The bass guitar is similar to your standard electric guitar, except it has a lower sound frequency. Traditionally featuring four strings, this iconic instrument was made famous during the 20th century by popular musicians everywhere. From James Jamerson to Bootsy Collins, the electric bass took music to new heights, exploring the possibilities of this new profound range of deep frequencies.
Where did the bass guitar originate from?
During the 1920s, George Beauchamp was looking for a guitar that could deliver a deeper and louder sound than the everyday guitar or string instrument. He needed something that had more depth and could maintain a lower pitch. He went on to invent the electric guitar, electric violin, and lap steel guitar.
Fast forward to the 1930s, the bass guitar was invented by Paul Tutmarc. He created a version of the double bass that was made to be played horizontally and had a look and feel of the bass guitar we know today. Only 100 were made during the 1930s. Different prototypes and models of the bass guitar continued to pop up throughout the 30s and the 40s.
The first electric bass guitar was invented by Leo Fender and marketed in the United States at the beginning of the 1950s. This model became the popular and commercialized version of the electric bass guitar that became widely used in 20th-century music.
Historically, there are two types of bass guitars. The solid-body electric bass guitar and an acoustic version with a hollow body. The electric bass has heavy strings and is tuned to a low pitch. Before the creation of the bass guitar we know today, bands would rely on a massive, double bass instrument that looks similar to a cello.
The double bassist was a popular instrument that originated during the 15th century in Europe. These were hard to transport and were too quiet for certain genres to achieve the sound they were looking for. Because of the need for a louder instrument with a lower pitch that could compete with the electric guitar, the bass guitar was born and rapidly gained popularity across all genres of music.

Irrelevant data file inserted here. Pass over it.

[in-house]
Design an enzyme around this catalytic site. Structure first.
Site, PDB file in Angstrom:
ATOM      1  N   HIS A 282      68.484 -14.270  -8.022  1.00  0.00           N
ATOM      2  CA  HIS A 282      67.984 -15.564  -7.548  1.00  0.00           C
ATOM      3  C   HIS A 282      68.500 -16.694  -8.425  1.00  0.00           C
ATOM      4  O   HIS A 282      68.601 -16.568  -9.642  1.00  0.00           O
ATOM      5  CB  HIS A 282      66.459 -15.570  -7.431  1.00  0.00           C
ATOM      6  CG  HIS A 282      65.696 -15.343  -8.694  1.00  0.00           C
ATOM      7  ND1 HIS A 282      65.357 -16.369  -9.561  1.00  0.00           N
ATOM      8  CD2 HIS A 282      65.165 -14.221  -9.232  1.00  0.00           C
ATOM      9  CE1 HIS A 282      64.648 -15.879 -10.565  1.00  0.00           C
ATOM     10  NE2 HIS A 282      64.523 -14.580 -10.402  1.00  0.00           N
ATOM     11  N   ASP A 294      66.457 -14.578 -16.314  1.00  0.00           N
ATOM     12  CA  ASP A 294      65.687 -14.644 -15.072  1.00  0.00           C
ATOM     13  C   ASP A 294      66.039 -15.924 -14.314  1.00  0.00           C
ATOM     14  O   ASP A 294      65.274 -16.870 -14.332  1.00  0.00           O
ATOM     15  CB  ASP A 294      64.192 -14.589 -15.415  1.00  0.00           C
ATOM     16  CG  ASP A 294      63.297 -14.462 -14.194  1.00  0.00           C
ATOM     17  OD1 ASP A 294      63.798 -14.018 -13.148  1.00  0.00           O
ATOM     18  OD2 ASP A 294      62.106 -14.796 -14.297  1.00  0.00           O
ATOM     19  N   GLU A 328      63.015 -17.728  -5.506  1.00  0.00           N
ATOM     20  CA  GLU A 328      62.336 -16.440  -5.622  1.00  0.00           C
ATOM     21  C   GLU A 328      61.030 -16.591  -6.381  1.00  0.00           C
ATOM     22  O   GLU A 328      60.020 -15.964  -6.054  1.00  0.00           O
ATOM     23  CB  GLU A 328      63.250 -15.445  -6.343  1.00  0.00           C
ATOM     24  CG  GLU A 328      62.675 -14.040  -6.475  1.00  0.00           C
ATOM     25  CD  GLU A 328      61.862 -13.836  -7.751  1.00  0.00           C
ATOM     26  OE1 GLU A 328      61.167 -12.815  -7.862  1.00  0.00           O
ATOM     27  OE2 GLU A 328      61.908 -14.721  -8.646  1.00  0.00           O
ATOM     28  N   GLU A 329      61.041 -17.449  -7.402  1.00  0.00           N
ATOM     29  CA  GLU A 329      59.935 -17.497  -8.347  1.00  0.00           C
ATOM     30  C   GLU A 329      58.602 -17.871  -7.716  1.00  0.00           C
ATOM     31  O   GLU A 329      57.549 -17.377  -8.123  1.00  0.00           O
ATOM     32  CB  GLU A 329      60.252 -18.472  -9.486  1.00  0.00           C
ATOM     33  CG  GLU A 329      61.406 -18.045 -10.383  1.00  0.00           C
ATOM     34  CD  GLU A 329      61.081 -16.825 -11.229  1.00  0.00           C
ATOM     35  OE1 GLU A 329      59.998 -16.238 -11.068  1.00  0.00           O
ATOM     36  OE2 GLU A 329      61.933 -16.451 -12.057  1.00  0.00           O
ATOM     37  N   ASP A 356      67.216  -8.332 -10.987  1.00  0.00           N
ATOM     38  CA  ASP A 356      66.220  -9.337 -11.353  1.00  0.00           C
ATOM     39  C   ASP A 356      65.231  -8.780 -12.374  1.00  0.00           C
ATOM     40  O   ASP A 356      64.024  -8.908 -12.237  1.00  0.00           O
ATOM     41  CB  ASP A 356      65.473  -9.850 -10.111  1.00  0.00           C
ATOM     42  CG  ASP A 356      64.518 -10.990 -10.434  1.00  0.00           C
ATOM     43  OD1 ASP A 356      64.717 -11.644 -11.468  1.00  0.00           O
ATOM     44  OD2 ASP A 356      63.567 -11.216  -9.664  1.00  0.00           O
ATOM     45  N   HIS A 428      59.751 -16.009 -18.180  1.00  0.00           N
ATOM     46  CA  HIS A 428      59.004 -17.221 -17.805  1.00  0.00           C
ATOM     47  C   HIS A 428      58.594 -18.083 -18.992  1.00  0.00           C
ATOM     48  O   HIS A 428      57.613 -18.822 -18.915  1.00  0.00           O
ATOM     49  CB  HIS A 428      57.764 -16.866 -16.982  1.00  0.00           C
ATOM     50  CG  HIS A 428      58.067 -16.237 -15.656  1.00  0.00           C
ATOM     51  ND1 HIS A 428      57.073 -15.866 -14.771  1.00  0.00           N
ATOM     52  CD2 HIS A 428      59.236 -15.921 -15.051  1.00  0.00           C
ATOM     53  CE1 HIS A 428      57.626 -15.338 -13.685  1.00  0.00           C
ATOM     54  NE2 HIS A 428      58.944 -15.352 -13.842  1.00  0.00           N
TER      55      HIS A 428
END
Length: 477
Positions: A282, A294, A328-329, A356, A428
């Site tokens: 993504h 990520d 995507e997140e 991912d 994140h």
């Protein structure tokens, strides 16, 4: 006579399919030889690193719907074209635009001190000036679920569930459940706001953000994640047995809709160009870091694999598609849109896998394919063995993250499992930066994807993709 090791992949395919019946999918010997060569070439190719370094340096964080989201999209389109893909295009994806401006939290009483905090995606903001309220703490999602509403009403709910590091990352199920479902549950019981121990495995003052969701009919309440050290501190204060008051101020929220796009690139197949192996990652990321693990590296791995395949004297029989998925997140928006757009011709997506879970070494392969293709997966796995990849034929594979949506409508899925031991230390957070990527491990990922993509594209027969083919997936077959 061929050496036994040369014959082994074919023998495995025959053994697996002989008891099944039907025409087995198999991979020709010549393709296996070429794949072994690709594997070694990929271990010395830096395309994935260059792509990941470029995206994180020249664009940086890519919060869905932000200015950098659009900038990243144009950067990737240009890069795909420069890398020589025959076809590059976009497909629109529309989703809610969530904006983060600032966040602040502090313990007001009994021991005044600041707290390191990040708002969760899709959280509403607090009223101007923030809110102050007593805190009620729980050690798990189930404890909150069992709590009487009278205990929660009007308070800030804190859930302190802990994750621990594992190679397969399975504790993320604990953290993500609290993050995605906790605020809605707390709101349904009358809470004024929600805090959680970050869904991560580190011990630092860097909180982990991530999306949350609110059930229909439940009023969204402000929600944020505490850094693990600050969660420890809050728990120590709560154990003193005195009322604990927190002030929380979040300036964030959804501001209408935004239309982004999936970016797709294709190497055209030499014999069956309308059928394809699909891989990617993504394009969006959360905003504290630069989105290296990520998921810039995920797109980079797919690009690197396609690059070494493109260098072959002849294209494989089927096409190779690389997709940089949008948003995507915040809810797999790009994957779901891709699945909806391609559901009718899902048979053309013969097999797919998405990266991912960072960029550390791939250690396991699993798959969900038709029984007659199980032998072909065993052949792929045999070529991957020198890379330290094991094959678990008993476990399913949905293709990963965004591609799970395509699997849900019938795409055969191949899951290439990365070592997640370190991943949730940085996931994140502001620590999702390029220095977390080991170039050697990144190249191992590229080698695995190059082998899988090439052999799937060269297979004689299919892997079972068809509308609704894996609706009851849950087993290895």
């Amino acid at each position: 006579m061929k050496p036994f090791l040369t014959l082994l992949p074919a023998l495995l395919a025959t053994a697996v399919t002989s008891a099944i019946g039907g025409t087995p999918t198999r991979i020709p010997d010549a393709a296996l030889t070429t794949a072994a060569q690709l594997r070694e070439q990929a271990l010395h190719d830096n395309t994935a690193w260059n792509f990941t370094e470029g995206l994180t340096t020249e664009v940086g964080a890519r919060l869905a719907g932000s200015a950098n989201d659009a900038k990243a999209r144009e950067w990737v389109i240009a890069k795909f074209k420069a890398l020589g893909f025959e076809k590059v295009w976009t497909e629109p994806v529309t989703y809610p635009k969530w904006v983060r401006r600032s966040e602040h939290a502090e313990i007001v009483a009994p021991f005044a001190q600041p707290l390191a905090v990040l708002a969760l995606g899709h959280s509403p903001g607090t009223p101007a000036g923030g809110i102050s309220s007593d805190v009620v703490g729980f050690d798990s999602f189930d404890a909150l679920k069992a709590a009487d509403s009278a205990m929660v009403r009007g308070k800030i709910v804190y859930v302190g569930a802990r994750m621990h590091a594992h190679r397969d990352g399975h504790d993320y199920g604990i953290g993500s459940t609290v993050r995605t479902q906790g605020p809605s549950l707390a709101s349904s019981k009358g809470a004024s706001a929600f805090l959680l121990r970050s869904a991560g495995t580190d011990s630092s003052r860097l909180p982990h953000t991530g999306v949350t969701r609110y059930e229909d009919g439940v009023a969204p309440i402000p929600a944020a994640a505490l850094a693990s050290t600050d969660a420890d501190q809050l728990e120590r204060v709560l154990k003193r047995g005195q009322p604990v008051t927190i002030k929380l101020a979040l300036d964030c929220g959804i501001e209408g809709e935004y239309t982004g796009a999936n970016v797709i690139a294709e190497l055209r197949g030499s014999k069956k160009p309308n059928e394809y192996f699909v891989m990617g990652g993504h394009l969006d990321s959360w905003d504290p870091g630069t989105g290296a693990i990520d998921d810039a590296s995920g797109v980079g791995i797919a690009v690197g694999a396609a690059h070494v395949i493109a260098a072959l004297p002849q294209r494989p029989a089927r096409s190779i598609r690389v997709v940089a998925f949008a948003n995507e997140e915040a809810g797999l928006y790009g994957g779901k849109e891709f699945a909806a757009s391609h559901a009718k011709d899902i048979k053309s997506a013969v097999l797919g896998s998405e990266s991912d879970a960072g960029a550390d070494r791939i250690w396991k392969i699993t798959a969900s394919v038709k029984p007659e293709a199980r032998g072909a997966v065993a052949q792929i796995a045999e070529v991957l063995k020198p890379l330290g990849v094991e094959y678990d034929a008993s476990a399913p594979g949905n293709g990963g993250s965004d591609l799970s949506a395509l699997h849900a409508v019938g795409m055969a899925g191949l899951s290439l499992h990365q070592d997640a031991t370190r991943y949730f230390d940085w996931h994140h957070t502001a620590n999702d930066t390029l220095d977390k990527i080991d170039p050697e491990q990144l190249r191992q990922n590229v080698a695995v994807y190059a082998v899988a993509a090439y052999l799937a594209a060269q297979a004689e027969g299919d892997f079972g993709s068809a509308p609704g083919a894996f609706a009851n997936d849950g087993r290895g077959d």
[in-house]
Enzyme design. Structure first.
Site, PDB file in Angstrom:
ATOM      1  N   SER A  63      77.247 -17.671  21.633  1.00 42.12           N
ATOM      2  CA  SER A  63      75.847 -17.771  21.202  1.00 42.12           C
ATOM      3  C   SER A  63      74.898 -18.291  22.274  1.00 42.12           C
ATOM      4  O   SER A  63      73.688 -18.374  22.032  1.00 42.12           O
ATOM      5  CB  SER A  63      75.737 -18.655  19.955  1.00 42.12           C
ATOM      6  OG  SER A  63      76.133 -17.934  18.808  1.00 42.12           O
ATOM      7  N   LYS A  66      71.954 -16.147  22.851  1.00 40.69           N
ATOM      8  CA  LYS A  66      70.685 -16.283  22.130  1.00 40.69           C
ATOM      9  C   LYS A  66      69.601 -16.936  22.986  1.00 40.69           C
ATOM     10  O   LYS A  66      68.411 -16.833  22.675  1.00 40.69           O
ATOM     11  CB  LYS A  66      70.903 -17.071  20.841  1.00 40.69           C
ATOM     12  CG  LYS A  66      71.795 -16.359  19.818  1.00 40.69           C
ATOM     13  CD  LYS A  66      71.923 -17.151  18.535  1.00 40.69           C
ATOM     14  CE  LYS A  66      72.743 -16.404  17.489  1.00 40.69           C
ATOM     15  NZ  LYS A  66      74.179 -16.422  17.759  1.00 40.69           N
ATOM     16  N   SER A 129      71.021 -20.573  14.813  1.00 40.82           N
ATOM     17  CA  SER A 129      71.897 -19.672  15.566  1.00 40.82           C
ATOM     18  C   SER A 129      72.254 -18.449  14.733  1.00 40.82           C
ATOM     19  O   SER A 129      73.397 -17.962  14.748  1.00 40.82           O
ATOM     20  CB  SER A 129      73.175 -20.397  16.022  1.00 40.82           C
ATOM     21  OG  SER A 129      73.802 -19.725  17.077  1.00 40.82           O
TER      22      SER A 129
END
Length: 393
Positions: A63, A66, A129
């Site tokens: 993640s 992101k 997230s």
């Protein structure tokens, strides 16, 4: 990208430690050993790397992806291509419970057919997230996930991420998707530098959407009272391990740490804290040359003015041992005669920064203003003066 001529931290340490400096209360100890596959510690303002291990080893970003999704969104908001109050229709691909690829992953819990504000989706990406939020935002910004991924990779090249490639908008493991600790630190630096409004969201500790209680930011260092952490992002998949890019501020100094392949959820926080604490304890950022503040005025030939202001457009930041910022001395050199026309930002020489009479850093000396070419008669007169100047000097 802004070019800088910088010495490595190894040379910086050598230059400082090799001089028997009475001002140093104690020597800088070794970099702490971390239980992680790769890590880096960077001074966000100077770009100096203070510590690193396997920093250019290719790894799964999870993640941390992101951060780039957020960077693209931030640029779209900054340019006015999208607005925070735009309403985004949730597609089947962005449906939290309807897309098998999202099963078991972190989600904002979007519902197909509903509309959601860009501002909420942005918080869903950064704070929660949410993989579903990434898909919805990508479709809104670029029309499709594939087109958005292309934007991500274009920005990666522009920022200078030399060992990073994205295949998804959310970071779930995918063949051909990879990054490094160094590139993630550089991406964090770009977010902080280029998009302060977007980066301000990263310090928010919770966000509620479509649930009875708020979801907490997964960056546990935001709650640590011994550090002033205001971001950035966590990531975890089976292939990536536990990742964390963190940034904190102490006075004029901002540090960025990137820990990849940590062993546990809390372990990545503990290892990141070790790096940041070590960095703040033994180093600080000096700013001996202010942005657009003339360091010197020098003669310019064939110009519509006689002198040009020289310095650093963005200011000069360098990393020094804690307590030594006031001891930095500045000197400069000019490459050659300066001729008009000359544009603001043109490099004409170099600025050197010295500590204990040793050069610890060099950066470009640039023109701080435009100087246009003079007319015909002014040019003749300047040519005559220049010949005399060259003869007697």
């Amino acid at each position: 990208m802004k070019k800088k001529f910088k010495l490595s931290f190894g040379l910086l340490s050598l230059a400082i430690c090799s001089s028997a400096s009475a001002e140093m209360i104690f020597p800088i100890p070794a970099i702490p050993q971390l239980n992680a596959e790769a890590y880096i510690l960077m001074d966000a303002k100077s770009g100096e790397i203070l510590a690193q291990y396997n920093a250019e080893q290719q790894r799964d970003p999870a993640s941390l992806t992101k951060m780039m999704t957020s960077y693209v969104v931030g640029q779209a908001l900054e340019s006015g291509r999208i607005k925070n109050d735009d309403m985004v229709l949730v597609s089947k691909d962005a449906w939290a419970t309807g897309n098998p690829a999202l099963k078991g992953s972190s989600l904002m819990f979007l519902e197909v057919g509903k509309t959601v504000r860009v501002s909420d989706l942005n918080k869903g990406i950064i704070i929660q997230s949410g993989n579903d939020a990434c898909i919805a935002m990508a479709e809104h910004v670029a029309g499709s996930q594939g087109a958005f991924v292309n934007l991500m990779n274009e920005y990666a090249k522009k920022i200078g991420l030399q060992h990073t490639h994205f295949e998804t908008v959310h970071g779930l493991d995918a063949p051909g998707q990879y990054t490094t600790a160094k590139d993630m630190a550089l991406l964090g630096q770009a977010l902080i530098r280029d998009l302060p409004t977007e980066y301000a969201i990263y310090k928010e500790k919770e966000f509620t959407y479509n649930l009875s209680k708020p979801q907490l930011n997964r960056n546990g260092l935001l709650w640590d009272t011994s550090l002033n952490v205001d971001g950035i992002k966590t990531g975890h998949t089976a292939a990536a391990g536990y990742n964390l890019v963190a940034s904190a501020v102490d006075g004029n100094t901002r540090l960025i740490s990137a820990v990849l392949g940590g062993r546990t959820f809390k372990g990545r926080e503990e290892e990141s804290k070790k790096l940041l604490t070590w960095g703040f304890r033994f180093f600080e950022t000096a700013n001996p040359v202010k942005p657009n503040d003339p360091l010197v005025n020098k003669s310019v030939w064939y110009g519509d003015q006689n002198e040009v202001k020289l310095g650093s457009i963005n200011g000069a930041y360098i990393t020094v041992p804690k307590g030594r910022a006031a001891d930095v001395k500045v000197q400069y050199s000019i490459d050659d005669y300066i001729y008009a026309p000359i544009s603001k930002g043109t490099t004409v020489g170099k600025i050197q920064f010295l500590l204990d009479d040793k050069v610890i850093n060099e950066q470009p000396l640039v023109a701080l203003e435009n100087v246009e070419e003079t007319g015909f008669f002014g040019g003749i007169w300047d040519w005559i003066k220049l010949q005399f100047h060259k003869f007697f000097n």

The Bass Guitar In Music: 1950s to Present Day
The bass guitar became more popularized by Leo Fender and it started to have a significant impact on pop culture and music.
One of the first individuals to perform with a bass guitar was a jazz artist named Monk Montgomery in the late 1950s.
In 1961, the 4001 model was released by Rickenbacker. This is the famous electric bass guitar that was used by Paul McCartney, bass player of The Beatles.
The bass guitar continued to transform and take shape and became more widely recognized by bands in the 1970s through to the 90s. Jazz and rock bands everywhere were trading in their traditional upright bass and going electric. This shift was happening in almost every genre.
Going electric was a movement that was fueled by the creation of the electric bass guitar. Not only was the sound more appealing for modern-day music, but it was also easier to transport and had a larger tone variety compared to the double bassist.
From funk music to hip hop, artists everywhere were finding a way to invite the unique sounds of the bass guitar into their music. Not only that, but the bass guitar was center stage, taking the world by storm with its low, solid-bodied tune. Jazz bands included bass guitar solos in their songs. Rock bands were using them to help elevate the sounds of percussion.
From the 1970s to the 1990s, the bass guitar was tweaked and modernized to fit the needs of the evolving music industry. New genres started to emerge that were utilizing the bass guitar to the best of their ability. From slap bass to disco, the bass guitar was changing the music industry in new and exciting ways.
Now, the bass guitar is an integral part of any band. You can hear the deep sounds of the bass in your everyday pop, hip-hop, funk, or metal song.
If you’re interested in taking your passion for the bass guitar to the next level, we offer a wide variety of programs that were made to sharpen your skill set and help you hone in on your talents. We have an in-person and an online version that can help you improve your skills for any given genre.
We’re here to help you explore your talents and provide you with the technical training needed to take your love for the bass guitar to new heights. Contact us today to learn more.